As political turmoil sweeps through the Arab world, from Tunisia to Egypt, Yemen and Jordan, questions arise about the future of historically the most ruthless Arab dictatorship in the region, Syria.
In Tunisia, the regime was toppled without violence. In Egypt, the military has let it be known they will not fire on protesters calling for the downfall of the Hosni Mubarak government. In Jordan, King Abdullah sacked his government in the wake of street protests.
But when insurgents took to the streets in the Syrian city of Hama in 1982, the government unleashed a ferocious attack that has been called the “Hama massacre,” destroying much of the city and slaughtering tens of thousands of citizens.
Syria’s brutal response in Hama was termed “the single deadliest act by any Arab government against its own people in the modern Middle East” by Robin Wright, author of the book “Dreams and Shadows: The Future of the Middle East.”
And Hama has had a lasting effect on people in the Arab world, Middle East expert Fouad Ajami of Johns Hopkins University told PBS’s Charlie Rose on Jan. 31: “In many ways you can look at the Arab world over the last few decades and really if you want a turning point, I think the turning point was the terror unleashed on the Syrian people in the city of Hama in 1982.
“For about 25 years the Arab people have been terrified of their rulers and the security states have really marginalized them and demolished their sense of dignity.”
Syria today is ruled by Bashar al-Assad, son of Hafez al-Assad, who ruled the nation with an iron fist from 1970 until his death in 2000 and ordered the attack on Hama.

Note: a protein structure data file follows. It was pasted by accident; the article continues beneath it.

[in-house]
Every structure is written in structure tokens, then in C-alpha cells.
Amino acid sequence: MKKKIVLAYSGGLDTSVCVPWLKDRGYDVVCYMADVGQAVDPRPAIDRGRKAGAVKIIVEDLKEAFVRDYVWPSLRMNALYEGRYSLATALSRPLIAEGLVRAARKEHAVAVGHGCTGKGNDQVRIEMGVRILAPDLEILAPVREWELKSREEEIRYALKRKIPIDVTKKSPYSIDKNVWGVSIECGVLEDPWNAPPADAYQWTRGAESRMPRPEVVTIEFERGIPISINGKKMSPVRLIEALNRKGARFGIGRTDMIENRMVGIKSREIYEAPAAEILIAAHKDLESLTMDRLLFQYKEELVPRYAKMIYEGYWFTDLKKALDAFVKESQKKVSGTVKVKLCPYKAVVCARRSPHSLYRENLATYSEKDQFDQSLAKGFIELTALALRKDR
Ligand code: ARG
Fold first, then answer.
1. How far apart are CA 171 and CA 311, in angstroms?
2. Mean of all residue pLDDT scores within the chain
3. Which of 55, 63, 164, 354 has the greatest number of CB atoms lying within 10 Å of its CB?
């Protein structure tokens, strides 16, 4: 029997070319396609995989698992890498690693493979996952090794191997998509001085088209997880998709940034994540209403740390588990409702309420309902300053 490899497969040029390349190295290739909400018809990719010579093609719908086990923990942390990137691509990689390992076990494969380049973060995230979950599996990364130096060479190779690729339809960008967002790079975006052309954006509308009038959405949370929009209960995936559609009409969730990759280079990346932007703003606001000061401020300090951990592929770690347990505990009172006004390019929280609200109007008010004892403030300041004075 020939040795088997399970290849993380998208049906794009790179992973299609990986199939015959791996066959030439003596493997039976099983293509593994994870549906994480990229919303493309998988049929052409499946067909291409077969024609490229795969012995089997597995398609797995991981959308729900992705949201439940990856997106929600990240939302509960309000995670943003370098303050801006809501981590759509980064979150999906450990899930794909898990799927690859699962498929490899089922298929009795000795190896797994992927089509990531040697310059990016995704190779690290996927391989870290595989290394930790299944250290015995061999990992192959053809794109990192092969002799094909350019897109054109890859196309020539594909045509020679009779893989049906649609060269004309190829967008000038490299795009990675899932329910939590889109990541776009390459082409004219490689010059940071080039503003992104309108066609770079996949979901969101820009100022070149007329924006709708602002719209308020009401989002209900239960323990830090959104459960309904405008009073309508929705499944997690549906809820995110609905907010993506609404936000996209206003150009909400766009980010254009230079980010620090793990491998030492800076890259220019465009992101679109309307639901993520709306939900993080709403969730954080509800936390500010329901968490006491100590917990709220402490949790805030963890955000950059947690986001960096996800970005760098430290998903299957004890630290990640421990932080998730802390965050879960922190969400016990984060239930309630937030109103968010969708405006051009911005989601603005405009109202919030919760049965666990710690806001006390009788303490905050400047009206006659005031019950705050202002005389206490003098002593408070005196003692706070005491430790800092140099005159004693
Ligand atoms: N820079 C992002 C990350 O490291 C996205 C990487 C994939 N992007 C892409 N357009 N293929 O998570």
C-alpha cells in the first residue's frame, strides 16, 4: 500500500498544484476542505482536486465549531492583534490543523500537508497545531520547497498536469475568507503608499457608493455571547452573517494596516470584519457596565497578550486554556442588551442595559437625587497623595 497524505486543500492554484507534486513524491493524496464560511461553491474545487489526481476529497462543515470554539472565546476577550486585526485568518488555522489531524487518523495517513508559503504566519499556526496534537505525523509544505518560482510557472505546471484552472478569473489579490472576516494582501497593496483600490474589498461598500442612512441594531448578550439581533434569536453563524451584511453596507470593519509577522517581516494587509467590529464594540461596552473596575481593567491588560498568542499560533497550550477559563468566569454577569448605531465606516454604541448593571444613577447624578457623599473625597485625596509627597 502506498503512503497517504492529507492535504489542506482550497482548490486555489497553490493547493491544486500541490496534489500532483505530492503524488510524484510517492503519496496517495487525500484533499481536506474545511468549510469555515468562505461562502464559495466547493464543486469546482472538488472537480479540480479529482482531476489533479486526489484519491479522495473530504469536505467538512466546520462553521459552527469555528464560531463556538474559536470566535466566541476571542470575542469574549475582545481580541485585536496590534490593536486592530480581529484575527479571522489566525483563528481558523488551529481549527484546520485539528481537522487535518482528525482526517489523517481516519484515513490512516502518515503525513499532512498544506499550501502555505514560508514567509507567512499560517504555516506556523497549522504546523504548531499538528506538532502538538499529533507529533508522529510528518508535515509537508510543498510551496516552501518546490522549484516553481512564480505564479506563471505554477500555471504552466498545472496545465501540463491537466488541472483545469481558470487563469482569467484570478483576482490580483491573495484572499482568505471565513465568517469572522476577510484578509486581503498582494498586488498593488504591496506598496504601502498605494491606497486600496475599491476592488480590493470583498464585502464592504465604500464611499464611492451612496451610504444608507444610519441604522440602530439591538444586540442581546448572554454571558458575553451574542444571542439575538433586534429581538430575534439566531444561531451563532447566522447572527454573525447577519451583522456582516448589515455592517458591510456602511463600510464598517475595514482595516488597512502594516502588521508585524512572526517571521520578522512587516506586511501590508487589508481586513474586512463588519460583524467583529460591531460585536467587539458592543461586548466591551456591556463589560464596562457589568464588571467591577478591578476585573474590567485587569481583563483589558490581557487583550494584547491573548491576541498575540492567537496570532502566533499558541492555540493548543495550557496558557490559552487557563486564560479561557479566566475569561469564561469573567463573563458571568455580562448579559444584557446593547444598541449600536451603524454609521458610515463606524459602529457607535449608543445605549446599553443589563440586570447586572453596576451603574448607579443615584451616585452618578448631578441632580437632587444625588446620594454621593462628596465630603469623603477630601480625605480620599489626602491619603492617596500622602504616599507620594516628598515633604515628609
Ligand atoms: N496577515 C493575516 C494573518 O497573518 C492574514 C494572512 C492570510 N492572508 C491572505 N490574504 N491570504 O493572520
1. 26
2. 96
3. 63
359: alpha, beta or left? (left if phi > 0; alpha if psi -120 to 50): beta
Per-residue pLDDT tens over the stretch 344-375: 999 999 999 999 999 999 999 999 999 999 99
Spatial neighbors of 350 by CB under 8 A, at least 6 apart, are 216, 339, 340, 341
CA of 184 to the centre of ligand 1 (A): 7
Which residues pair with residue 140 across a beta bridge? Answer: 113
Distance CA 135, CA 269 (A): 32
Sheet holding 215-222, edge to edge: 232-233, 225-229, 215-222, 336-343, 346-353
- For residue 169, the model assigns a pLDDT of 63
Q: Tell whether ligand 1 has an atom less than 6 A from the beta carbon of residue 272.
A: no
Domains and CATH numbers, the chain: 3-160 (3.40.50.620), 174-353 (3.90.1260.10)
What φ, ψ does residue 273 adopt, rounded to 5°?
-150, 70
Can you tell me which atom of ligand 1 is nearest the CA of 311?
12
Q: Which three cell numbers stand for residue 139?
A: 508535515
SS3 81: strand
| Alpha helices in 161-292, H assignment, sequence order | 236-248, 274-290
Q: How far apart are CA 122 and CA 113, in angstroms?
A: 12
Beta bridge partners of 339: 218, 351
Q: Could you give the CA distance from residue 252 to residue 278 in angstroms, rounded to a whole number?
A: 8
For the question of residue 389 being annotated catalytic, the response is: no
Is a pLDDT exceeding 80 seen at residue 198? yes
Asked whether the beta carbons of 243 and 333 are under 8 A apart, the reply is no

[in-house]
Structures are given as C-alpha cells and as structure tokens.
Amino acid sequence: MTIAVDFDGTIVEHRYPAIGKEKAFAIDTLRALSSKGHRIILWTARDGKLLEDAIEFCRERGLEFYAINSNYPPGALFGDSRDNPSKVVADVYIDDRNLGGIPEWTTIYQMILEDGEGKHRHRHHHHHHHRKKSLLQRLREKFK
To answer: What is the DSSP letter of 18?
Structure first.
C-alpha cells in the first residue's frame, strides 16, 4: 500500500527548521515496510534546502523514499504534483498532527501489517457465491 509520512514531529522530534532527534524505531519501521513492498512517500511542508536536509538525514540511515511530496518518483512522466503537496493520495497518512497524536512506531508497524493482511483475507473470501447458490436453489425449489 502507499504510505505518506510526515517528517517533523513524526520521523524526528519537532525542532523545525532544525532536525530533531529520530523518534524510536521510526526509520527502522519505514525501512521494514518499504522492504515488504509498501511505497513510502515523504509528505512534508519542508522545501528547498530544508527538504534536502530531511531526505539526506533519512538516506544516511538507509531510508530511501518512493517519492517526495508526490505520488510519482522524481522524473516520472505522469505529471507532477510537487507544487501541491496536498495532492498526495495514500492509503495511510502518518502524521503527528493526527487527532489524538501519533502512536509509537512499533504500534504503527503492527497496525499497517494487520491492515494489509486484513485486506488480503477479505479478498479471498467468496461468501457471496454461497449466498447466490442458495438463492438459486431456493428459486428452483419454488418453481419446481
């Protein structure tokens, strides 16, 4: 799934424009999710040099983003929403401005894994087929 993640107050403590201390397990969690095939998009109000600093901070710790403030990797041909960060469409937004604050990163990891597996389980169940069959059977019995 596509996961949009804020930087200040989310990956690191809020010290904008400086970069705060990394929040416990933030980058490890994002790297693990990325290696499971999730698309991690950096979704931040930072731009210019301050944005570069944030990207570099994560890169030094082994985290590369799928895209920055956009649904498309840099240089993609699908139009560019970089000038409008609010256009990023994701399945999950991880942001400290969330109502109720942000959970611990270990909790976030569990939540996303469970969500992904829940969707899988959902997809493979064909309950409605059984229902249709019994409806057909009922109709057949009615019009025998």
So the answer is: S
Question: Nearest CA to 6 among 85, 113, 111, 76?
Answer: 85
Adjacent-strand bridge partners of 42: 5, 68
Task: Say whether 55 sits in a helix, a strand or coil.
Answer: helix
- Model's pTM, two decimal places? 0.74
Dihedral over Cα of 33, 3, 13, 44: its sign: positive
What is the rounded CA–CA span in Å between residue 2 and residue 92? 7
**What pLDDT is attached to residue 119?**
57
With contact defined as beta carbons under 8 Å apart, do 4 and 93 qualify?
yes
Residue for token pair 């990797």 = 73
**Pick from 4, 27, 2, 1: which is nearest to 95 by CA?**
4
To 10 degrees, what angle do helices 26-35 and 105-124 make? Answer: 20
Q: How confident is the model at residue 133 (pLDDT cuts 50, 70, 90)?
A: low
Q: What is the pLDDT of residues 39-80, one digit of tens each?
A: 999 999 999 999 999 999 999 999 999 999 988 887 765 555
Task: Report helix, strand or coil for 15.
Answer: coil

Bashar has done little to loosen his Baath Party’s tight control of the country. In the most recent “referendum” on his rule, Bashar was credited with receiving 97.2 percent of the vote.
The question then is, would the Syrian government respond to an Egypt-like outbreak of popular opposition with a reprise of the “Hama massacre?”
Before the massacre, members of the Muslim Brotherhood had been waging an insurgent campaign against Assad’s government. Assad was an Alawite, a Shiite sect that comprises less than 20 percent of the population yet has dominated Syria’s politics and military.
In 1980, following an assassination attempt against Assad, membership in the Brotherhood was declared a capital offense.
In early February 1982, a number of Syrian soldiers were killed by snipers in Hama, and an Islamist leader called for a general uprising against the Assad regime. Police posts and the homes of government officials were attacked, and opposition groups declared Hama a “liberated city” and urged an uprising through Syria.
Assad responded forcefully by sending 12,000 troops to besiege the city. Tanks surrounding Hama shelled the city for more than three weeks, reducing much of it rubble.
When troops moved in, they combed through the rubble for surviving members of the Brotherhood, and executed as many as 1,000.
The total loss of life from the massacre was 38,000, according to one Syrian official. The Brotherhood claims 40,000 were slaughtered.
After the Hama uprising, the Islamist insurrection was broken, and the Brotherhood has since operated in exile while other factions surrendered or slipped into hiding.
Syrian journalist Subhi Hadidi has written that soldiers killed “30,000 or 40,000 of the city's citizens - in addition to the 15,000 missing who have not been found to this day, and the 100,000 expelled."
As for the Syrian government’s possible response today to a popular uprising, New York Times columnist Thomas Friedman warned in 2005:
“When Syria's Baath regime feels its back up against the wall, it always resorts to ‘Hama Rules.’ Hama Rules is a term I coined after the Syrian Army leveled — and I mean leveled — a portion of its own city, Hama, to put down a rebellion by Sunni Muslim fundamentalists there in 1982.”
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